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  3. Hi Mater, I have read some not-so-flattering reviews of this film, but I think I would like it nonetheless - I adore Helen Mirren, and Ryan Reynolds is cute, what's not to like? (Actually, in some way he reminds me of my younger son, I think it's the eyes and the sense of humour.)

    Your daughter now has at least 2 followers! (I'm assuming you are her first?) I'm looking forward to reading about her adventures, it was nice of her to allow you to share.

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    1. Reynolds impresses me in this film, I think because of the way his good looks disappear or are effaced somehow in the role. That is, he's still good-looking, obviously, but he reads primarily as an earnest, initially struggling young man. You don't notice that he's good-looking in any way that would distract from the seriousness of the work his character has taken on. Seems to me it takes a bit to damp down that amount of cute, right?

      Aw, kind of you to follow my daughter (and yes, I'm the #1 Fan so far). A part of me always yearned somehow for an ex-pat life, but the part that wanted kids at 23 won out. No regrets, but it's fun to experience that other possibility vicariously. . .

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  4. It was a fascinating story but I found the film disappointing. I kept seeing Helen Mirren, rather than someone whose life had been turned upside down by the horrors of WW2. My first boss was Austrian, from a family in similar circumstances, although not perhaps as wealthy. I remember her fondly and the stories she used to tell me of her life before the war. She and her brother were the only members of a large extended family to survive.
    I did enjoy The Hare with the Amber Eyes. I liked the way the narrator was a nebulous figure. It seemed fitting as he told the fragmented stories of his ancestors.
    As for mysteries, I love them and no longer feel guilty about enjoying them. Some of the more "literary" writers seem to have forgotten how to tell stories. Finishing that sort of book is too much of a chore.
    Lilibet

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    1. De gustibus and all that. I take your points, Lilibet, but can only say I wasn't disappointed by the film. Different expectations, perhaps. I had an aunt who spent the war hidden away in Amsterdam, and Mirren's bursts of irritated or impatient asperity resonated. It's definitely not a weight examination, but I admit to finding it satisfying.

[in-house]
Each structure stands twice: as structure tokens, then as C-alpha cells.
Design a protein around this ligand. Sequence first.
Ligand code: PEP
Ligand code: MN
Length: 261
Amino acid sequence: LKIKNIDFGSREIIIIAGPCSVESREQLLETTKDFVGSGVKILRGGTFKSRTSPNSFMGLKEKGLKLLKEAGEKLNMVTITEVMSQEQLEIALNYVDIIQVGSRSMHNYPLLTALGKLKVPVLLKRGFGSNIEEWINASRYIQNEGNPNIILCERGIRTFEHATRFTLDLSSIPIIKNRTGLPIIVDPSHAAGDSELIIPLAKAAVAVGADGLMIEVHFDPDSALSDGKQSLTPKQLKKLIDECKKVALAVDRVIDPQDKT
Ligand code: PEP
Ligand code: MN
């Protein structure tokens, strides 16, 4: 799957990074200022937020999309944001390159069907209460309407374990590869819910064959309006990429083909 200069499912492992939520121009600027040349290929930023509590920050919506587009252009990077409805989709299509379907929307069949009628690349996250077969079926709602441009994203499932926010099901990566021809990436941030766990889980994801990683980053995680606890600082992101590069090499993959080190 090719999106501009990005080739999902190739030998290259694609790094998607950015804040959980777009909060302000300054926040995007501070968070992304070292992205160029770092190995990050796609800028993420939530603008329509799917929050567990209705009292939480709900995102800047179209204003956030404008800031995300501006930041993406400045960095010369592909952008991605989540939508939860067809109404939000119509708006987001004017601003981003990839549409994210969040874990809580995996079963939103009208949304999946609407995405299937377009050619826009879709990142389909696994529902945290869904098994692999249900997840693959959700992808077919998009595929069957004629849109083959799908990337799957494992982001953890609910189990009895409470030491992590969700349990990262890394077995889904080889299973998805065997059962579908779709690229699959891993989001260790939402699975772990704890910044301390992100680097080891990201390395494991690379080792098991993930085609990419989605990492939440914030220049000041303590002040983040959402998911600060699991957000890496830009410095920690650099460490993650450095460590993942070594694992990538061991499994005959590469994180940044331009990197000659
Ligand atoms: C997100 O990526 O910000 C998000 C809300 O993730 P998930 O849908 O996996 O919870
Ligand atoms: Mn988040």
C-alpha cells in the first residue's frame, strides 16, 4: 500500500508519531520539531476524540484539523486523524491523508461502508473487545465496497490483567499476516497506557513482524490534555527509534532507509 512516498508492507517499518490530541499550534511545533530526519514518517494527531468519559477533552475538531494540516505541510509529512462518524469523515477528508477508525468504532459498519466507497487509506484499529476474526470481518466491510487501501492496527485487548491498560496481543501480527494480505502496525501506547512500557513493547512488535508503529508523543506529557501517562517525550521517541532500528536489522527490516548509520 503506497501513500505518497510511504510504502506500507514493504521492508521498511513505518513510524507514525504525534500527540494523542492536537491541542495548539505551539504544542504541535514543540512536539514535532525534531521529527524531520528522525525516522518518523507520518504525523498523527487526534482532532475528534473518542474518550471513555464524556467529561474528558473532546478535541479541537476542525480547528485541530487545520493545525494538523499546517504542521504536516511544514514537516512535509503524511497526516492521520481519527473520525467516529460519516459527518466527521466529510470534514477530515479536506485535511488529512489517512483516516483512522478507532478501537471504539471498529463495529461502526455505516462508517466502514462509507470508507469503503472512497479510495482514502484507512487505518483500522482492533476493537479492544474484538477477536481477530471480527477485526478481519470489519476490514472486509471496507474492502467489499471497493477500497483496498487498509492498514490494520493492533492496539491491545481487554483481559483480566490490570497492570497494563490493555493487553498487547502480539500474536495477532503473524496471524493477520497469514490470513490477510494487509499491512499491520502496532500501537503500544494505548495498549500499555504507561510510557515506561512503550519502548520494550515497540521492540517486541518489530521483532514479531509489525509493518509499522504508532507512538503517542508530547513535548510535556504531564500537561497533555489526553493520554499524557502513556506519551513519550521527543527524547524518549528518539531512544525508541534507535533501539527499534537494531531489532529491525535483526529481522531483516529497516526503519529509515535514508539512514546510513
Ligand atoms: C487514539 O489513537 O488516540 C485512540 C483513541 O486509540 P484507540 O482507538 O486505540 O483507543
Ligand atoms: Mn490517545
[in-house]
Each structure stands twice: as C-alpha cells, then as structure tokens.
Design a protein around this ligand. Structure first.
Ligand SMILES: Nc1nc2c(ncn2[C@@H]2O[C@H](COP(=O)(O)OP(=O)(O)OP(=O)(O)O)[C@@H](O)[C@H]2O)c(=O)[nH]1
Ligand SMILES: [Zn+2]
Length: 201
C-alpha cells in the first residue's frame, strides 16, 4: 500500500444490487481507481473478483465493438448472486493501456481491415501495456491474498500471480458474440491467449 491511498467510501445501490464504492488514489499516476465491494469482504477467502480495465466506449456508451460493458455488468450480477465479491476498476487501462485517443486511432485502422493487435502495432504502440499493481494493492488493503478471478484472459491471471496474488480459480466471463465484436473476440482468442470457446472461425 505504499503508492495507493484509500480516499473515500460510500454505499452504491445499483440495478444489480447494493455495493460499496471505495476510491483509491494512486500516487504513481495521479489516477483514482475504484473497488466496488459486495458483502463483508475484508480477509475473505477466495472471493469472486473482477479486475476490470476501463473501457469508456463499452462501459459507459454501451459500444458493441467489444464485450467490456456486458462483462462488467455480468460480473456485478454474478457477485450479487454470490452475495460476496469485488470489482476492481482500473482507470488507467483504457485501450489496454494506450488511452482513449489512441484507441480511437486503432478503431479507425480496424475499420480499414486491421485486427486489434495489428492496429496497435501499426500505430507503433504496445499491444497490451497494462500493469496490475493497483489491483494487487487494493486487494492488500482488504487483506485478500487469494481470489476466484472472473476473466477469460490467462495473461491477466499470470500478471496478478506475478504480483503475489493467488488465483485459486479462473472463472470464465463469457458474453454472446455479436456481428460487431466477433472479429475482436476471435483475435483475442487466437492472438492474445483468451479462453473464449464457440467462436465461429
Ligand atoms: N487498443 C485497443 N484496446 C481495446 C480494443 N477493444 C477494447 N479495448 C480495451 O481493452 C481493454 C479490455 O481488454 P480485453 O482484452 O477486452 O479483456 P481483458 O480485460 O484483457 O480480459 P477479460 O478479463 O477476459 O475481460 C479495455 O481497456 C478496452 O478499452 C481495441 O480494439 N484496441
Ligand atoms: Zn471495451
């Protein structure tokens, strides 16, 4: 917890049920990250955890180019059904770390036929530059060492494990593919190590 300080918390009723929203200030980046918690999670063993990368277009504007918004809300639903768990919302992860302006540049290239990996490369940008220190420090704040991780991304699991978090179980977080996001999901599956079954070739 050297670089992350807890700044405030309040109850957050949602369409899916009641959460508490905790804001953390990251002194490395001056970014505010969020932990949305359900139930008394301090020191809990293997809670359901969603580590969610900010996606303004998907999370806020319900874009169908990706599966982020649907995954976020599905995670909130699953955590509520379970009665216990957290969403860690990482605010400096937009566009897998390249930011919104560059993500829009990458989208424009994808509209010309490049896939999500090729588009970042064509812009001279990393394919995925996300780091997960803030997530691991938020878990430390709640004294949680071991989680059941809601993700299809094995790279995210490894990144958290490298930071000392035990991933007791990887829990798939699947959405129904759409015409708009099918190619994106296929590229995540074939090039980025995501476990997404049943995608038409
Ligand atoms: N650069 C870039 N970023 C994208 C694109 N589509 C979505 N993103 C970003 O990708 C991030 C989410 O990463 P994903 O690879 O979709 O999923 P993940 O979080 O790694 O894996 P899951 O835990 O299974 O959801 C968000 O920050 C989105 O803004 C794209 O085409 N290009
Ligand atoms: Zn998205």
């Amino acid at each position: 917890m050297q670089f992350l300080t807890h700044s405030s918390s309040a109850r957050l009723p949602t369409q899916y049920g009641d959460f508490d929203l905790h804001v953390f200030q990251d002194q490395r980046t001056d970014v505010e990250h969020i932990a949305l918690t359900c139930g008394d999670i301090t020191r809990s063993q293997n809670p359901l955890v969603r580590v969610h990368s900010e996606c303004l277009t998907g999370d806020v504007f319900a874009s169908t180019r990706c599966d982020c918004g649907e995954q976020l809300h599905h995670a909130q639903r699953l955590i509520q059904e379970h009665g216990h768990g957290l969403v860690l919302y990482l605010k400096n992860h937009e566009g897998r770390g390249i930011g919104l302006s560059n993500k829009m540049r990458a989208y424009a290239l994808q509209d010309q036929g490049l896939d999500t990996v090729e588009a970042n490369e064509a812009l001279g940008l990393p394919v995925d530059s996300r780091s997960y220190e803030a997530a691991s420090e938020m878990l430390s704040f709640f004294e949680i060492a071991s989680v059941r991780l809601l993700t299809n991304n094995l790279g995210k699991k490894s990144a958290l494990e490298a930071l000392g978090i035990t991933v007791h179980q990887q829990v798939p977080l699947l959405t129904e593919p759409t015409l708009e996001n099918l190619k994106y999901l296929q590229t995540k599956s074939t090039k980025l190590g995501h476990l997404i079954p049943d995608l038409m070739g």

Wasn't Hare good? And I absolutely agree with you about the importance of good storytelling, although I think there are still enough literary writers doing that to keep my reading lists unfinished until the end of my days...;-)

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  5. I just downloaded Woman from iTunes. Brian watched it while I was in Mexico but films other than action flicks don't stay very long in Richmond. I read Hare a few weeks ago and thoroughly enjoyed it. I too visited the Rome blog. It is an experience of a lifetime to move to Italy with such a small child. I have just almost cleared one box of books from my storage but it is a very lengthy process. I really want to find loving homes or at least thoughtful readers for my books. There is always new fiction to be enjoyed and those mysteries for relaxation.

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    1. Considering the comments above, I do hope I haven't steered you wrong, Mme. . . Paul and I were absorbed right through the movie and I hope you will be as well. (Even in Vanc'r, I think this only played at the Fifth Ave Cinema, and only for a couple of weeks, so I missed it there).
      Isn't Hare a wonderful book? And good for you clearing out a box of books -- emotional, isn't it?!

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  6. This is the second recommendation of this film I've read this week and shall have to seek it out. Hare is still on my list and I do want to read it. It resonated deeply with members of my late husbands family and their memories and experiences of their own "lost world" of life in Vienna before the war.

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    1. As I said to Mme, above, I hope you aren't disappointed as others seem to have been. I know you won't be disappointed with Hare -- I can only imagine how deeply this would have resonated with anyone who was part of that horrendous clearing out and destruction of a once rich way of life.

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I'd love to hear your response to my post. Agree, disagree, even go off on a tangent, I love to know you're out there, readers. Let's chat, shall we? I apologize, though, for the temporary necessity of the Word Verification -- spam comments have been tiresomely numerous lately, and I'm hoping to break that pattern.